Western Economic Association International brought its 93rd annual conference to Vancouver’s Sheraton Wall Centre in Vancouver at the end of June.
More than 2,000 people from 71 countries participated in the meeting that rated and debated the latest economic research, across the spectrum. Among them were 50 sports economists who showed research in-progress about how a new stadium can harm real estate values, how the public subsidizes security costs for pro sports events and why the Rio 2016 Summer Olympics were not the promised tourism bonanza for Brazil.
On this edition, hear host Bob Mackin’s interview with Victor Matheson, a professor from the College of the Holy Cross in Worcester, Mass., at the conference about trends and issues in the business of sports. Such as Seattle’s Key Arena renovation, Calgary’s 2026 Winter Olympics bid and the Russia 2018 FIFA World Cup, which ends July 15.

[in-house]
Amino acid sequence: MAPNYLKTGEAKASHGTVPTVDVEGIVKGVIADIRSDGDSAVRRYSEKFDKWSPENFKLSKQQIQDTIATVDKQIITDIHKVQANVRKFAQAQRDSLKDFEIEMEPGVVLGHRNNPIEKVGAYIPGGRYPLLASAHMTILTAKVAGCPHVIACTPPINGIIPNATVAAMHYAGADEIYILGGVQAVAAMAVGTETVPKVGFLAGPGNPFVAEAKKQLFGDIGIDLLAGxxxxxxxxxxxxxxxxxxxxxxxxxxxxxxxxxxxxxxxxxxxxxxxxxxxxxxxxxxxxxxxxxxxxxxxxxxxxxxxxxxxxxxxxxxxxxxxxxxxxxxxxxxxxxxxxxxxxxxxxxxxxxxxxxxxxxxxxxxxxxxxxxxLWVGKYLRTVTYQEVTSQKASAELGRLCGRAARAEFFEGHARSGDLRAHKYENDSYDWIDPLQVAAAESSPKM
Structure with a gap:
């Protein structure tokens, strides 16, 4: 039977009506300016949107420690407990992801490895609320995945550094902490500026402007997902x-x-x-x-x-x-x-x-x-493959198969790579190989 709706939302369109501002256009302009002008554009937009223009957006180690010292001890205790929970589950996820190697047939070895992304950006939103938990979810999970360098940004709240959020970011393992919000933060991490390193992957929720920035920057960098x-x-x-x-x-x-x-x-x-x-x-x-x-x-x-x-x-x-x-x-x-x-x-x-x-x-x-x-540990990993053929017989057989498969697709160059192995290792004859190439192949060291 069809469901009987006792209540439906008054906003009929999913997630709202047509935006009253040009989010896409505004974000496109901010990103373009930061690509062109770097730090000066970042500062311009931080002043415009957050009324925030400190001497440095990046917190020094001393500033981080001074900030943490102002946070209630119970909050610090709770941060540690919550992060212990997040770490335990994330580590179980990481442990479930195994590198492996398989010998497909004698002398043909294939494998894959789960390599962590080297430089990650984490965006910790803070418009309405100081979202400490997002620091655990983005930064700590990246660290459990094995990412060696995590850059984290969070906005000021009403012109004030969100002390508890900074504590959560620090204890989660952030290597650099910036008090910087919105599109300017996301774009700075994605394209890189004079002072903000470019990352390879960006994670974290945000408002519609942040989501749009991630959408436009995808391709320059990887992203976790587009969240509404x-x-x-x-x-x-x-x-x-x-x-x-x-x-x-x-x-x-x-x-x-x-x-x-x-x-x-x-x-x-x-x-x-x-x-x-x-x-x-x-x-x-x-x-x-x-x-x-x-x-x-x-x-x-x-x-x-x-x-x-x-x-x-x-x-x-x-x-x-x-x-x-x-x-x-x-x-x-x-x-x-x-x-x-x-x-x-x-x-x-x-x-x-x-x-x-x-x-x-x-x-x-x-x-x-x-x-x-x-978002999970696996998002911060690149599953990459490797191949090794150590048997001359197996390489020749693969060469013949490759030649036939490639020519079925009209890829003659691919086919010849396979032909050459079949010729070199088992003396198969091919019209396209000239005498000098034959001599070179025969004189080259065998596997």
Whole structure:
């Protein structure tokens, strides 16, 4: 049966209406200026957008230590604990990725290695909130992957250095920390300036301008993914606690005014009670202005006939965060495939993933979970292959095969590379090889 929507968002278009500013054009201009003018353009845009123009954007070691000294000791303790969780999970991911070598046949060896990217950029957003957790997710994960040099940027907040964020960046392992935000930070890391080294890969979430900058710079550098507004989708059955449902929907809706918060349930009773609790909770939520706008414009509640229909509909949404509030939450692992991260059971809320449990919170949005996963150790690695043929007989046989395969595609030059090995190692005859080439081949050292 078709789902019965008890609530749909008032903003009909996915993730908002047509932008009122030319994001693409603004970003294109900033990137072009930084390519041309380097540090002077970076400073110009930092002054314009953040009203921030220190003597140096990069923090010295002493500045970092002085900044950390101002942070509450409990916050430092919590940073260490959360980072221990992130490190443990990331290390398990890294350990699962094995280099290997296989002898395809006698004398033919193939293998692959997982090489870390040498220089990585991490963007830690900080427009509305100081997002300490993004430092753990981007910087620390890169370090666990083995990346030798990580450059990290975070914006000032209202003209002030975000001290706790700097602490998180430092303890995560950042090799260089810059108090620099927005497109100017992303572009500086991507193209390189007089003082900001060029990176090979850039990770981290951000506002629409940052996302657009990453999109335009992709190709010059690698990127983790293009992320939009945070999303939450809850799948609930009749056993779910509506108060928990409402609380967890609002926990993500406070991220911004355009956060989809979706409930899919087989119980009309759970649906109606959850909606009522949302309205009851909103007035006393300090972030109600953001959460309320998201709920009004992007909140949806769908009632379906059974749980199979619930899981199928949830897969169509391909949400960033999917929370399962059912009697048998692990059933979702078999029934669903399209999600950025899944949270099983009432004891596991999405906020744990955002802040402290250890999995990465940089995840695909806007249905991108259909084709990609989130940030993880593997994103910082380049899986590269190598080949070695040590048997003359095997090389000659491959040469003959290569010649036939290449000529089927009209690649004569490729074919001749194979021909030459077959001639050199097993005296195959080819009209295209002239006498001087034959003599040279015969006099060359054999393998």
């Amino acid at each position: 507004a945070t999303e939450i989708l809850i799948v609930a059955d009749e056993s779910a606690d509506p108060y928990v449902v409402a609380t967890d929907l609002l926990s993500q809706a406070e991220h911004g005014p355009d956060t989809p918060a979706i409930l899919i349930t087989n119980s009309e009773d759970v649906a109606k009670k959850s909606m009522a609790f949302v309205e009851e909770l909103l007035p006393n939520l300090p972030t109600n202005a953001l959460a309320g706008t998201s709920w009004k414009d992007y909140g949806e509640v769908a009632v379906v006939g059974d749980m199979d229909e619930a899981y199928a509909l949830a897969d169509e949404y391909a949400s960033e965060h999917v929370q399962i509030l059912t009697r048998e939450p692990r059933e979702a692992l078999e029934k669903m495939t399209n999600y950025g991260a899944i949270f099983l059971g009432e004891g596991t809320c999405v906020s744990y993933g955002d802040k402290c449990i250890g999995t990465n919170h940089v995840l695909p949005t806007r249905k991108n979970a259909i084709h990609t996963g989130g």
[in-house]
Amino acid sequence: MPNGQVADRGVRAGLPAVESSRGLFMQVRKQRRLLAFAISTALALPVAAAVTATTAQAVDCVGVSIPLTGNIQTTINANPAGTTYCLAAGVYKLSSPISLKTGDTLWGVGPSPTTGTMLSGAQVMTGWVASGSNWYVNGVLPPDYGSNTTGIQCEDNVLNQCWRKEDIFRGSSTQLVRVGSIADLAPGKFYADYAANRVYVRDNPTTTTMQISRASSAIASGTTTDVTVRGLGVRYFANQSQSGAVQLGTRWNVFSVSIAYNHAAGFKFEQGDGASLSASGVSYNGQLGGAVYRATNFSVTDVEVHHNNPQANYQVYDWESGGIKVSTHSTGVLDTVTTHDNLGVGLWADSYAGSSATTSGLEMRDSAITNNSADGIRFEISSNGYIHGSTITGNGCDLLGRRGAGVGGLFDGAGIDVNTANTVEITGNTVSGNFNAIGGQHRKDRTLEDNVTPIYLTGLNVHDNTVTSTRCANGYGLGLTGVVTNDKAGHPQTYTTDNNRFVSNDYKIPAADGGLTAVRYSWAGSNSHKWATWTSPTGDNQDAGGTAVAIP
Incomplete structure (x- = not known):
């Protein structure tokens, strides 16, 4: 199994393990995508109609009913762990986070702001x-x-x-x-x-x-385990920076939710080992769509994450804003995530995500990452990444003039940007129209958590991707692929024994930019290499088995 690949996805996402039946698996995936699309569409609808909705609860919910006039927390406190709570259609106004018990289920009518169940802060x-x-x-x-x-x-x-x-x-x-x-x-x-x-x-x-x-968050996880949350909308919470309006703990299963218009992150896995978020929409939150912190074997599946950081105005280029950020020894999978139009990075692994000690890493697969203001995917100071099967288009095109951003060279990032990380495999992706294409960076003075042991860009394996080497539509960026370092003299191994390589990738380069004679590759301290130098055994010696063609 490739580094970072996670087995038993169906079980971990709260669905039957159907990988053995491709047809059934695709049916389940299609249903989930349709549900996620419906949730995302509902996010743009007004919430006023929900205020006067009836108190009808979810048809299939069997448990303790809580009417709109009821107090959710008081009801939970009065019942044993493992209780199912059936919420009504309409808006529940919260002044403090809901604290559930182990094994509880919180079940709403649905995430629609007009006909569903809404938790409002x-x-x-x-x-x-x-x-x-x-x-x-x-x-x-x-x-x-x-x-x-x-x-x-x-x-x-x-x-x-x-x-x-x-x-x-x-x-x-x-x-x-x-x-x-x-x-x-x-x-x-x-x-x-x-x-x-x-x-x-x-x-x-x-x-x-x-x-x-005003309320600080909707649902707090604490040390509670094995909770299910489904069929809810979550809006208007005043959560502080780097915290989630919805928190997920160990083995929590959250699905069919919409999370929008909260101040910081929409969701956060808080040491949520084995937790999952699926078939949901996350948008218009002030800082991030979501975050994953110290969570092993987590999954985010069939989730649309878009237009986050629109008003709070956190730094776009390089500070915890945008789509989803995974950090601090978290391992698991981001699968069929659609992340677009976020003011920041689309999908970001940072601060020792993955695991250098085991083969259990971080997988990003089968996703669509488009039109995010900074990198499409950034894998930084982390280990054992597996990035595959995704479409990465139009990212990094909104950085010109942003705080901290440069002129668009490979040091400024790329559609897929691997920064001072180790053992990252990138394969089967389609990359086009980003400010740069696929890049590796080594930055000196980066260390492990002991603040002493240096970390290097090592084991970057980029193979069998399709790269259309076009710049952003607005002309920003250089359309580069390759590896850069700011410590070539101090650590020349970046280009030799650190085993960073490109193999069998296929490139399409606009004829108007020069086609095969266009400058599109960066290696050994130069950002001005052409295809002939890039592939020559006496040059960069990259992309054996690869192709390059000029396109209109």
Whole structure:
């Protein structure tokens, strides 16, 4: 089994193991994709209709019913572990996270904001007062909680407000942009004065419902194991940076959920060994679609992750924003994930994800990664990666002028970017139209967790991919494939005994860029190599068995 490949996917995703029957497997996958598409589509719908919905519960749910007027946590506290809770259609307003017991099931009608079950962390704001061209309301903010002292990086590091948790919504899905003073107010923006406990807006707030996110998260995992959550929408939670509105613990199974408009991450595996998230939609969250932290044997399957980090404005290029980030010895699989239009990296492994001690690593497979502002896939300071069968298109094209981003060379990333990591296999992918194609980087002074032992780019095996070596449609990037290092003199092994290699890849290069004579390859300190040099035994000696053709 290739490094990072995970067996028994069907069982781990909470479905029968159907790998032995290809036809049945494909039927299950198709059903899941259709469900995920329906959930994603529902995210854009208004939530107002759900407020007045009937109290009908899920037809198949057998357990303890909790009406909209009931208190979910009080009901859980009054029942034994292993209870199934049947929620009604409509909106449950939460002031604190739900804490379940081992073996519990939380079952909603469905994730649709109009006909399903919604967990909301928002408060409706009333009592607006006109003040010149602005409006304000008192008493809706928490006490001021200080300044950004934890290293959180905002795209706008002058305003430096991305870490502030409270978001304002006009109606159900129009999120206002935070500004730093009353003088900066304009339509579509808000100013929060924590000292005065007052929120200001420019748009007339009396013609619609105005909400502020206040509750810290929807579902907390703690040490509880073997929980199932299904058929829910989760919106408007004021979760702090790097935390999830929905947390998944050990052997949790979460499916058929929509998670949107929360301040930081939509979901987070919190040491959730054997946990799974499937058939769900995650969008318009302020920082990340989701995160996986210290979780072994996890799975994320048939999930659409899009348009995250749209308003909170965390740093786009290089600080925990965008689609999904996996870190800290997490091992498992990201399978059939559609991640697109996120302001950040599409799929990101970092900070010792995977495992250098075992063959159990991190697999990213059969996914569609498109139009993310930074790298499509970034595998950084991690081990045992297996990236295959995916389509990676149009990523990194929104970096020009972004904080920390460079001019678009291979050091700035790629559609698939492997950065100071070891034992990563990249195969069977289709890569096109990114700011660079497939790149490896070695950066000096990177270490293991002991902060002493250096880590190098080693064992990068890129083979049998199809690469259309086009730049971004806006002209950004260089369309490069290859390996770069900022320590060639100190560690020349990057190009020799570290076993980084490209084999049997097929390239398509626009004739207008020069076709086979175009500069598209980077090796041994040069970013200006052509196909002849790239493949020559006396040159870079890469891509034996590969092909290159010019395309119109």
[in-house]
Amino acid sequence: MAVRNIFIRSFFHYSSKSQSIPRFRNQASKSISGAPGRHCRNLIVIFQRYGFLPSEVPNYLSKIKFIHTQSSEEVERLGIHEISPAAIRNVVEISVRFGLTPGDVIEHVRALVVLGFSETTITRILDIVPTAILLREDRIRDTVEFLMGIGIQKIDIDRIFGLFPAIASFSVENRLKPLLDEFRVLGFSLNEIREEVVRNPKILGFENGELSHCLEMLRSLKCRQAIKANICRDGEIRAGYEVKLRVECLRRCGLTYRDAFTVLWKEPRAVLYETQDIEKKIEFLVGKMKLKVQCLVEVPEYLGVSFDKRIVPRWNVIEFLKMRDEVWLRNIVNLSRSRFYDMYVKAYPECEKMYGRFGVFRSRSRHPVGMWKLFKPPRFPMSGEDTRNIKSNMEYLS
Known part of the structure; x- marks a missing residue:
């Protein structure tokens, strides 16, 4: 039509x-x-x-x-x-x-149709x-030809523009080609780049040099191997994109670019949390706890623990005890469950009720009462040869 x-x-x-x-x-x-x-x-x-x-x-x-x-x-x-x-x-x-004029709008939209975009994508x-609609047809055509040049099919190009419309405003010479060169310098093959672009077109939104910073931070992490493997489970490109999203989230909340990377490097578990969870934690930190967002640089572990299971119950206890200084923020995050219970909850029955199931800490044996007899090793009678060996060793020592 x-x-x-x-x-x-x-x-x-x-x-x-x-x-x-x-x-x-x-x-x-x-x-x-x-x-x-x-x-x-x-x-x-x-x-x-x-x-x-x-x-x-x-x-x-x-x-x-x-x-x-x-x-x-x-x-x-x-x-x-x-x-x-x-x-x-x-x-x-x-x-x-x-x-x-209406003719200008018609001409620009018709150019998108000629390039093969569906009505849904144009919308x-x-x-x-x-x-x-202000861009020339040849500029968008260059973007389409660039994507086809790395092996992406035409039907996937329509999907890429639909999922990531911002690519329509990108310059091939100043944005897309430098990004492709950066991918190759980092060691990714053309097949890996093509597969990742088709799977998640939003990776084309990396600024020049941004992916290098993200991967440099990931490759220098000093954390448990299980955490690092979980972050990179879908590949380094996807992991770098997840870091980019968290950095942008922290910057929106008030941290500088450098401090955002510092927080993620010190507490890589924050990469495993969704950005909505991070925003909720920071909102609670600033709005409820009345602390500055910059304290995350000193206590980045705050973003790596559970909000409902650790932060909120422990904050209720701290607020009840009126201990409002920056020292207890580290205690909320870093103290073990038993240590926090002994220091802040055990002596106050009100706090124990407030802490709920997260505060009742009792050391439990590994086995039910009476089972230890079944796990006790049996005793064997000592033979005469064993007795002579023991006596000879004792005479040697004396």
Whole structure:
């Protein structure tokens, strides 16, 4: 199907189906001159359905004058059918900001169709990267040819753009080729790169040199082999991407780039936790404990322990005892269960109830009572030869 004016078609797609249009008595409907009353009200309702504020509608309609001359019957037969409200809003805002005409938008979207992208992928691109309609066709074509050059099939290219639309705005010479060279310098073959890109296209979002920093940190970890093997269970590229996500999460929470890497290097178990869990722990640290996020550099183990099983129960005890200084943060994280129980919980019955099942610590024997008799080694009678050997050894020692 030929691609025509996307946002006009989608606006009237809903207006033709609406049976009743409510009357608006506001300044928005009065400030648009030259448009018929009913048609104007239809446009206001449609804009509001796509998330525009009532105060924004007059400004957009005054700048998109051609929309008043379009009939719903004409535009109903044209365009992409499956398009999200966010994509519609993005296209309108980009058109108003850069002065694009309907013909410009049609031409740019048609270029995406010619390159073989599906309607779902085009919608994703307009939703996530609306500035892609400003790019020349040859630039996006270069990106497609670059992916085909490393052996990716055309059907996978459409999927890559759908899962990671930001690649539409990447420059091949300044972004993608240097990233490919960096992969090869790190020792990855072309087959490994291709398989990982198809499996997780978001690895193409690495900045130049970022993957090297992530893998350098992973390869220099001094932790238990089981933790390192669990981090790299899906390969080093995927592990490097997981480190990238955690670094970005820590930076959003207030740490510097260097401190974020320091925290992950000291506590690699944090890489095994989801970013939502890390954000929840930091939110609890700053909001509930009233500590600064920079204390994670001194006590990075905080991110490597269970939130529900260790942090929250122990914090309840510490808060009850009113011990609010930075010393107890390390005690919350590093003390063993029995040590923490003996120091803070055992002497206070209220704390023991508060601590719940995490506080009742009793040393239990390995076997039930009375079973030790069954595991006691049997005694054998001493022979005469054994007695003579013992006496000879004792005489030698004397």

“Very often teams get direct or indirect subsidies from cities or states or provinces, money is spent from taxpayer money to build stadiums and, of course, there is huge public spending on hosting big events,” Matheson said. “A person who is going to be receiving subsidy money, that’s probably a person you shouldn’t necessarily believe when they say ‘oh, yeah, hand a bunch of money to me and we will all get rich’. That’s something you probably want to take with a grain of salt.”
Also: commentaries and headlines from around the Pacific Rim and Pacific Northwest, and a taste of the Khatsahlano Street Party.
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